view view of mountain

A good excuse for a short rest is a look at the scenery around you. Glencrea Valley including the head of the valley with Glencree Reconciliation Centre clearly visible. The outline of Glencrea river should be visible and the Sugarloaf Mountain.

view of the Sugar loaf mountain
seat Wicklow Way

At this stage of the walk you have climbed 170 metres and it's downhill the rest of the way .

view of Powerscourt Waterall

The forest road will end in a turning area for trucks and you will have to make your way straight ahead through rough ground in the same direction of the road. After a very short time you will be rewarded with a seat and a wonderful new view of Djounce woods and the Powercourt waterfall. You are now on the Wicklow Way, and if you wish to ascend higher and go to the back of the waterfall you would turn right. Perhaps another day, left will take you back to the carpark and it's downhill all the way.

forest roadway forest roadway

Is not this an enchanting place and what's more you can enjoy it because it's on the way down. The people travelling the Wicklow Way have a climb ahead of them and might not fully appreciate this place.


You will arrive back at the car park approx. 2 hours after leaving it.

But what if you turned right when overlooking Powercourt Waterfall and followed the Wicklow Way? You would have had a very hard climb but it would have been worth it.

walk walk

Before the route gets too difficult you would have past through the scenes in the two photos.


The ridge (not shown) is about 260 metres above the car-park and a decent of 80 metres to the river shown below.

dargle river

Then after a further ascent Glensouian (the source of the Dargle river) should come into view. Maulin and Tonduff mountains should be on your right and Djouce and War Hill on your left.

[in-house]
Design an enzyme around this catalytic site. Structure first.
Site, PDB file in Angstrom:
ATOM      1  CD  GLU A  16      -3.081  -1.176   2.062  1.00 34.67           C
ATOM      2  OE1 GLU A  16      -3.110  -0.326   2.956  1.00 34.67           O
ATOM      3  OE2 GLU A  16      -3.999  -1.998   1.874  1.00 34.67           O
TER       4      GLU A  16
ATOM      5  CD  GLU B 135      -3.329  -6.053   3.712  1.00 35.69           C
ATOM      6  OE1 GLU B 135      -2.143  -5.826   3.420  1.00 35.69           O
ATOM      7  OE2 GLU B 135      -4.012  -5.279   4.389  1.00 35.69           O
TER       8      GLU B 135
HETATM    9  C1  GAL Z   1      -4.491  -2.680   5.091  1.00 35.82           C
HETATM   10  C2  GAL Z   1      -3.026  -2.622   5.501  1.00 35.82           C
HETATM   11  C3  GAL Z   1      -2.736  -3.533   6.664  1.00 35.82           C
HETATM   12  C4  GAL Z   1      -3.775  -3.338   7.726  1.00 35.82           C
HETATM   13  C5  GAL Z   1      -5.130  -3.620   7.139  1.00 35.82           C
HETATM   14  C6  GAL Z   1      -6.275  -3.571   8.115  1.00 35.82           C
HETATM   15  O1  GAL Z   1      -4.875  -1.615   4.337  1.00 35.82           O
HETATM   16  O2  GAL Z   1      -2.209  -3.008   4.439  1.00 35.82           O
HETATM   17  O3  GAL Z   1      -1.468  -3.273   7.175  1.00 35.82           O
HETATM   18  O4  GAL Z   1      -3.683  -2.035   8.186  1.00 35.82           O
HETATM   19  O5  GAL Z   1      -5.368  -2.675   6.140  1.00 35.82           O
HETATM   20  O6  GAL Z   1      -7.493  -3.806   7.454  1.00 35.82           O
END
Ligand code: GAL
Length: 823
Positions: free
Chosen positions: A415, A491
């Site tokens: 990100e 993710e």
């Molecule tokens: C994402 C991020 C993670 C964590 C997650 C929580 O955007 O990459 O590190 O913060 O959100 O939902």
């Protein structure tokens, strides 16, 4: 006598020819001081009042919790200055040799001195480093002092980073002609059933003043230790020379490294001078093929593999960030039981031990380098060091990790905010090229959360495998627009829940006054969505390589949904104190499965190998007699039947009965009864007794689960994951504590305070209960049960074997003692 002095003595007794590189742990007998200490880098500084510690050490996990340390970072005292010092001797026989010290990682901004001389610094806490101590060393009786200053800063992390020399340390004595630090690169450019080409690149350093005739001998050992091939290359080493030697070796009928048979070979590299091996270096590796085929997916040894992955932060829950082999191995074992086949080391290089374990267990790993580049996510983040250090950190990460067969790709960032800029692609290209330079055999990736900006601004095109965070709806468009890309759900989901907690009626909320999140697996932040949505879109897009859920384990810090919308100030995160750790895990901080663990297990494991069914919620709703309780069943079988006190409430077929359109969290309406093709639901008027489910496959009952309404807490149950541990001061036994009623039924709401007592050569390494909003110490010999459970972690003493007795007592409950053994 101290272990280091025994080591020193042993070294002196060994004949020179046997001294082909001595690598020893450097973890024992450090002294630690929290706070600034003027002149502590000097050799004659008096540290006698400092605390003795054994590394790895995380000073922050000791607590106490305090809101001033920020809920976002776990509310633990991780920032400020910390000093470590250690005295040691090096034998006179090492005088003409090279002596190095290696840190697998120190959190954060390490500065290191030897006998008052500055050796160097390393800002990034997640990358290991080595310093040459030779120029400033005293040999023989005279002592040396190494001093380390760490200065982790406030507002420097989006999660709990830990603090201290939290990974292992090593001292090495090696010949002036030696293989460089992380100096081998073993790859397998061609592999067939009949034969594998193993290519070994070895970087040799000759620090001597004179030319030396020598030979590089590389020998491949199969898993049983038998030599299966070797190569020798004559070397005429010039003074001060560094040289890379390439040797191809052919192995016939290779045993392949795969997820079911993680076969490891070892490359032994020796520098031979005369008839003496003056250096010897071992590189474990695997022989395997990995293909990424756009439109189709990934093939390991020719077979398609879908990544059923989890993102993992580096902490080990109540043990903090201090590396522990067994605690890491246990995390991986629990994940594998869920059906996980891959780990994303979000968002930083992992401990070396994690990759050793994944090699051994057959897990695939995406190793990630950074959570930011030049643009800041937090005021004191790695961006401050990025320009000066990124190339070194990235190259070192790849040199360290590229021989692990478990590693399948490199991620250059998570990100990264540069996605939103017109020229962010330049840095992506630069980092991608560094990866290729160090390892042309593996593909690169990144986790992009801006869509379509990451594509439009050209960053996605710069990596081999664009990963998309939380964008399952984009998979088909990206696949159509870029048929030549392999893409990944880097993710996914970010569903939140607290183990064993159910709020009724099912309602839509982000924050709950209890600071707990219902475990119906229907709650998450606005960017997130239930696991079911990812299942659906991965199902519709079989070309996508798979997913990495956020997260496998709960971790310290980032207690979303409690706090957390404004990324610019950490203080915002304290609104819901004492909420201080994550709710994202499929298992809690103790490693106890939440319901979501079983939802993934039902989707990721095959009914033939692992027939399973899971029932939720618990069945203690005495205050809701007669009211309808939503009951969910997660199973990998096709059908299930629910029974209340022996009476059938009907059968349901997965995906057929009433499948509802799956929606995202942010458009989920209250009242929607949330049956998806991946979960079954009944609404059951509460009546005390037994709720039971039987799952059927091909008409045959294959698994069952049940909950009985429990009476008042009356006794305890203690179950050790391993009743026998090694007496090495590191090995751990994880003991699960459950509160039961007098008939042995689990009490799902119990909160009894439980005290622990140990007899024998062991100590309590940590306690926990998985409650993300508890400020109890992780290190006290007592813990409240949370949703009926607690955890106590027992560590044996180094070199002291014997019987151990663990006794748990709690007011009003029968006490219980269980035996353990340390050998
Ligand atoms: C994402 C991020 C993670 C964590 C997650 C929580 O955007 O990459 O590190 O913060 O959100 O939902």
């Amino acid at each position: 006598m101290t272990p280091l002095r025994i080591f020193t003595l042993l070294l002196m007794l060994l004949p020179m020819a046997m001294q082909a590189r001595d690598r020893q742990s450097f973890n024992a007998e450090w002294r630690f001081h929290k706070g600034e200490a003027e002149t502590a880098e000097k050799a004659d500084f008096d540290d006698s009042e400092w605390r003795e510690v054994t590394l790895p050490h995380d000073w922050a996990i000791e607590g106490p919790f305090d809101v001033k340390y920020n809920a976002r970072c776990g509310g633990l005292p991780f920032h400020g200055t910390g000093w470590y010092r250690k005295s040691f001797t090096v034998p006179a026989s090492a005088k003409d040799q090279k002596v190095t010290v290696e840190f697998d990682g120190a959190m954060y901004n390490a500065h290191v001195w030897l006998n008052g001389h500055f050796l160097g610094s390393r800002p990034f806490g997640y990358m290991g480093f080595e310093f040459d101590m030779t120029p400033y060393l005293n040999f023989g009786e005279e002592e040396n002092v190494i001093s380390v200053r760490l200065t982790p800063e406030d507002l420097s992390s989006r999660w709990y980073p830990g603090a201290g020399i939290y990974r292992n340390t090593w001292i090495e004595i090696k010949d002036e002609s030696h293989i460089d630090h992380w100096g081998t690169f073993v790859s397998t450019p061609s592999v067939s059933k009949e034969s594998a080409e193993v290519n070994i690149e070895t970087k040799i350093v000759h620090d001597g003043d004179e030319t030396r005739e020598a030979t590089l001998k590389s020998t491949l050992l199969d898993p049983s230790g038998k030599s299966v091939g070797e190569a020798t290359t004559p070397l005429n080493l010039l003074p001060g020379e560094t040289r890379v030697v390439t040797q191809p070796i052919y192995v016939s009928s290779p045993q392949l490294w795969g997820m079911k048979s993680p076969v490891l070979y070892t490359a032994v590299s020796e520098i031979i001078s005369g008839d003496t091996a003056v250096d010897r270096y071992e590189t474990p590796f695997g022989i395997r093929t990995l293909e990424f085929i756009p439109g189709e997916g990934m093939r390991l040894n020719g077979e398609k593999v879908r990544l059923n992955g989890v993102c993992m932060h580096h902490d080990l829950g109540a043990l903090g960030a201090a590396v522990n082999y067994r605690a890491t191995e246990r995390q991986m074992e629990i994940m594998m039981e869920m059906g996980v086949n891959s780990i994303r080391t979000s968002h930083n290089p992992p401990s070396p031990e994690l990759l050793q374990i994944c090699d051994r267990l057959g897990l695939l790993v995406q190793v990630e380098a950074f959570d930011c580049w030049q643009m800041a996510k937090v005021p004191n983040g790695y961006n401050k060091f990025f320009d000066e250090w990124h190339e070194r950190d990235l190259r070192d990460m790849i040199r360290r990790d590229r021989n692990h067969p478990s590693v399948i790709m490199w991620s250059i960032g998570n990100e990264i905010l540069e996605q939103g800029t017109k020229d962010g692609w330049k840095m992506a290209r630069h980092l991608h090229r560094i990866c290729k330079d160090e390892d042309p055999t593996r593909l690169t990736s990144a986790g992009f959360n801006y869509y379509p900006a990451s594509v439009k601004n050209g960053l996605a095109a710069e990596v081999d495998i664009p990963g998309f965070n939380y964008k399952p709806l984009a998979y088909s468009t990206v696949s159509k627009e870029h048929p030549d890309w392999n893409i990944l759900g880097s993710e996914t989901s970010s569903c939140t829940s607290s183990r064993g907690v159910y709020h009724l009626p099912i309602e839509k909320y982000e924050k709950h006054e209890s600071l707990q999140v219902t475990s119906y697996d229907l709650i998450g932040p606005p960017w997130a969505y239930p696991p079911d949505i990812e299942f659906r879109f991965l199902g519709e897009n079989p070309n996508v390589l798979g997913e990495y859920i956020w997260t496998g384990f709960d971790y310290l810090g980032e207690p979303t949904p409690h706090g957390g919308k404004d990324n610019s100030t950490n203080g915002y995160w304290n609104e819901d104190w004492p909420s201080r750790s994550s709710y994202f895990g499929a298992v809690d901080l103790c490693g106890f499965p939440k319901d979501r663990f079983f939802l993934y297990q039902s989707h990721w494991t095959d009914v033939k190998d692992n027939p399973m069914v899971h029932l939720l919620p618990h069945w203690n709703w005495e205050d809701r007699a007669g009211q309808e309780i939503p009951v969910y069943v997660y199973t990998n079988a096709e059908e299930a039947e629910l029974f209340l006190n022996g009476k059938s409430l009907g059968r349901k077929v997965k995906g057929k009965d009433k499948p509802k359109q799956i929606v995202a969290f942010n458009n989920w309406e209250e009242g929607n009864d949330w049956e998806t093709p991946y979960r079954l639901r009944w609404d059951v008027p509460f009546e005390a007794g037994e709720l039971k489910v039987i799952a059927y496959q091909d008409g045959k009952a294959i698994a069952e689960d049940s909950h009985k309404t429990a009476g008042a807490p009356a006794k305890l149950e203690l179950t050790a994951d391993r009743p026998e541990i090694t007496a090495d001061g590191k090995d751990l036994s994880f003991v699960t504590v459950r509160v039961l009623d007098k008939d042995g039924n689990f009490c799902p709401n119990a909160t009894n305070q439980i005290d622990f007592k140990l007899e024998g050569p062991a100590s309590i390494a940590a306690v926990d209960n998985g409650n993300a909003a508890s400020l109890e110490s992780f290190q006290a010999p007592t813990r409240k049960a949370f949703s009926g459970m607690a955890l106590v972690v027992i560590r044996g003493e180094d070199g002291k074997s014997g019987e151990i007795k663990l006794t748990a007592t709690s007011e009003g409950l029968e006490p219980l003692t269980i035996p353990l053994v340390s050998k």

To follow the Wicklow way you would turn right follow a steep decent down to the Dargle river, cross over a footbridge and then continue for a couple of miles ascending until you reach the other side of Djouce mountain and after the Roundwood reservoir comes into view.

The restrictions of the forest give way to the open expanse of the upland moor.

looking down on roundwood

djouce mountain

Part of the pleasure of walking, for me, is the ability to quench my thirst by drinking from a cool refreshing stream. I would not drink where there is human habitation upstream. ( I will take my chances with diseases from animals.) The principle I apply - the nearer to the source the purer the water.
The same principle applies to the “stream” of Christianity. Many people have rejected Christianity because of the human excrement they have found floating upon it's waters. To all I would offer this advice. Go upstream to where the waters are pure, go where God only speaks, go to the New Testament. Don't drink the waters of polluted religion and don't reject Christ because of the foreign pollutants. Go to the head waters. Salvation is found in Christ and not in Church Leaders or Institutions (no matter what their claims).
Saint Peter said to the Religious Leaders of his day “ (Christ) is the stone you builders rejected, which has become the capstone. salvation is found in no one else, for there is no other name under heaven given to men by which we must be saved."
(Acts of the Apostles chapter 4 verses 11 and 12)

Walk 3